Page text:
Navigate Up
Sign In
home |  mail |  workspaces |  moodle |  intranet |  contact 

 Lunch Lectures

This semester there have been 3 lunch lectures organized on the topic of applied quantitative research methods including statistics. These lectures were open for all UCR-students but especially students interested in research and that are following introductory and intermediate statistics courses. All lectures were very well visited by the students and the organizational team would like to thank all of the instructors for all effort and enthusiasm:

1.Lecturer: dr. Snežana Stupar-Rutenfrans (ACC/SSC)

Title: Applied quantitative research methods: Virtual Reality in Mental Health -> Does the 360° video VRET reduces public speaking anxiety?

With this lecture, dr. Stupar-Rutenfrans aimed to increase the understanding of how mobile virtual reality exposure therapy (VRET) can help reduce public speaking anxiety in students. Using the results of her longitudinal study (published in 2017 in Cyberpsychology, Behavior, and Social Networking, she explained how she examined the effect of a new VRET strategy (Public Speech Trainer, PST), that incorporates 360 live recorded VR environments, on the reduction of public speaking anxiety. The PST was developed as a 360  smartphone application for a VR head-mounted device that participants could use at home. As expected, speaking anxiety significantly decreased after the completion of all PST sessions, and the decrement was the strongest in participants with initially high speaking anxiety baseline levels. Conclusively and in line with habituation theory, the results supported the notion that VRET is more effective when aimed at reducing high-state anxiety levels. Further implications for future research and improvement of current VRET strategies were discussed. Moreover, students were led step-wise through complete process of conducting research and analyzing data by using SPSS-software.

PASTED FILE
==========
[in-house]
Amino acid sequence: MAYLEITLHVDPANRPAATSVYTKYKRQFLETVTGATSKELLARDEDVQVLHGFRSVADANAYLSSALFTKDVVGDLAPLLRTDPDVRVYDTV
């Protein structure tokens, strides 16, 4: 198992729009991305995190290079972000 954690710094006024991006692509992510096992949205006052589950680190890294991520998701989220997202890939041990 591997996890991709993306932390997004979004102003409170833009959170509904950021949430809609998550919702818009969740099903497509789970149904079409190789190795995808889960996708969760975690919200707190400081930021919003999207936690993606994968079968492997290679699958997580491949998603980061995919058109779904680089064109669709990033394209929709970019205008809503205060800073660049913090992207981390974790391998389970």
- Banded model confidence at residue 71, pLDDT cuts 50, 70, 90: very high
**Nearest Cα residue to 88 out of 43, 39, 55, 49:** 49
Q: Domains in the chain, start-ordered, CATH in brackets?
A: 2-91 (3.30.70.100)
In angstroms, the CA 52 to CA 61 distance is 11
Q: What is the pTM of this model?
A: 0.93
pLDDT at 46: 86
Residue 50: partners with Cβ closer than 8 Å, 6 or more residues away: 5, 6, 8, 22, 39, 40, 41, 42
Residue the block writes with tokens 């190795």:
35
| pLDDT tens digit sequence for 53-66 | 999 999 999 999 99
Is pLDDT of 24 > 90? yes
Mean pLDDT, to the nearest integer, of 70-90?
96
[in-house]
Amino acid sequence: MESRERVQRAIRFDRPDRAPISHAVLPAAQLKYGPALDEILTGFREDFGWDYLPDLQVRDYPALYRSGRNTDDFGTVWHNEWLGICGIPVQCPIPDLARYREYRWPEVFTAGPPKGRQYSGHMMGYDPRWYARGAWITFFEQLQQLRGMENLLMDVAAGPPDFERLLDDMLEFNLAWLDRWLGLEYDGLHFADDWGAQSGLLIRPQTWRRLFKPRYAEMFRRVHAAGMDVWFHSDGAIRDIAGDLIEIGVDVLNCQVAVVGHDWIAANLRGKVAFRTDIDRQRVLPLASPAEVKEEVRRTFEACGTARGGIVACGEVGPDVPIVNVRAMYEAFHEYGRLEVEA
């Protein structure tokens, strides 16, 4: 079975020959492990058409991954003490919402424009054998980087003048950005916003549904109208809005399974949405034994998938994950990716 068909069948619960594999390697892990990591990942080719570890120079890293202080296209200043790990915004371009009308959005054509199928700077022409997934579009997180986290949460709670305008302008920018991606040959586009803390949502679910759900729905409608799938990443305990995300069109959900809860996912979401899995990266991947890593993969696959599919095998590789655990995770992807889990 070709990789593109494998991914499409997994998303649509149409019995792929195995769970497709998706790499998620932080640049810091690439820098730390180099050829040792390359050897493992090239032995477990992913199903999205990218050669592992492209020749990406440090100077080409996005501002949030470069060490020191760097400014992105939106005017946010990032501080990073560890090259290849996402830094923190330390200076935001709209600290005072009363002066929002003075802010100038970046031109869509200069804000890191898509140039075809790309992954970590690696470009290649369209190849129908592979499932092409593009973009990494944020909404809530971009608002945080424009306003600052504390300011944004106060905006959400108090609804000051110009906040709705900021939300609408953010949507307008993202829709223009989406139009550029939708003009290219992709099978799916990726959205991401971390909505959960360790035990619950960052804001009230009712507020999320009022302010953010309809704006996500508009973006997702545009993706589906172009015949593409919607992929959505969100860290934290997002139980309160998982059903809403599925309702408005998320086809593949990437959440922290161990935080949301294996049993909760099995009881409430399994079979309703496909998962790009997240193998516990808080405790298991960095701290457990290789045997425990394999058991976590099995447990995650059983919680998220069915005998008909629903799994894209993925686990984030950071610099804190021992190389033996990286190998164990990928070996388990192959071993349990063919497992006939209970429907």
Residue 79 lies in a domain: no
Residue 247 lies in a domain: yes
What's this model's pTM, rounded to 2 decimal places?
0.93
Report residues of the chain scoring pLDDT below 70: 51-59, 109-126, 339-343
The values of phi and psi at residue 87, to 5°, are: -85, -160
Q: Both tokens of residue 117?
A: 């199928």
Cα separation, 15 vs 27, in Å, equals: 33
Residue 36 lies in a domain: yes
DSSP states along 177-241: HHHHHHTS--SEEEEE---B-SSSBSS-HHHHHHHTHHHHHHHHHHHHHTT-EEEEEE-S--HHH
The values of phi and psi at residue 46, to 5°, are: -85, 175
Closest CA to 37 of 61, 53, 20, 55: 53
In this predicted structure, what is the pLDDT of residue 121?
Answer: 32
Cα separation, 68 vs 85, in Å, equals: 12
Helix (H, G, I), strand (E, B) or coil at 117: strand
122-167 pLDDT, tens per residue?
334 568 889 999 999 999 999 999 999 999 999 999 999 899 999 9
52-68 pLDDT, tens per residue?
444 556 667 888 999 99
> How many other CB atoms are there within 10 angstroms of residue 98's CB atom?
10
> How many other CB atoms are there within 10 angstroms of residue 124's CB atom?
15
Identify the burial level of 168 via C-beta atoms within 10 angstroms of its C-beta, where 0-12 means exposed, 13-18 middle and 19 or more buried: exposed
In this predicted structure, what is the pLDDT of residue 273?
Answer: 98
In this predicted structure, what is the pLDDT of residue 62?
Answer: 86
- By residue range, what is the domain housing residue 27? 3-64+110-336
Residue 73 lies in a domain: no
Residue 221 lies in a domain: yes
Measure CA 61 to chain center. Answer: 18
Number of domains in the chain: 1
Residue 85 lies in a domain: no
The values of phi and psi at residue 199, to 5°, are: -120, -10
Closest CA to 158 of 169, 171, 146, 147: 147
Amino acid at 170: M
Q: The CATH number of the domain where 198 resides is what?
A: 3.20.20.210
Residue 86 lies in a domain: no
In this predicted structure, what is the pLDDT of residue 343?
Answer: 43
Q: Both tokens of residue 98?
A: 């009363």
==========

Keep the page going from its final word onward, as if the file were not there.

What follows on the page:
2.Lecturer: dr. Helle Hochscheid (A&H)

Title: Skewed data, skewed images: statistics in art and archaeology research

Dr. Hochscheid presented her study into the asymmetry of sculpture investigated why idealized faces of classical Greek statues are characterized by small asymmetries. Statistics were used to investigate whether these asymmetries are systemic in any way; since this was answered negatively, explanations have to be found not in preconceived design, but in hand-eye coordination of sculptors and crystalline structure of marble. More information on this research can be found on:


3.Lecturer: Prof. dr. Cees Cornelisse (SCI)

Title: Reading and rewriting our DNA, challenges  and concerns

Prof. Cornelisse focused in his lecture on one of his key-projects, a collaboration with the Depts. of  Ear Nose and Throat Surgery and Human Genetics, involving the identification of a gene causing hereditary tumors (head and neck paragangliomas) but only when it was passed maternally. In collaboration with an American group they succeeded in finding the gene. They also developed a model explaining the remarkable paternal transmission by genomic imprinting. This concept was introduced only shortly before they started our study. It was also the first example of mutation in a gene of  a complex of the mitochondrial Krebs cycle causing cancer.  Subsequently mutations in other complexes have been found and  presently the role of oncometabolites resulting from Krebs cycle gene mutations is a hot topic in cancer research.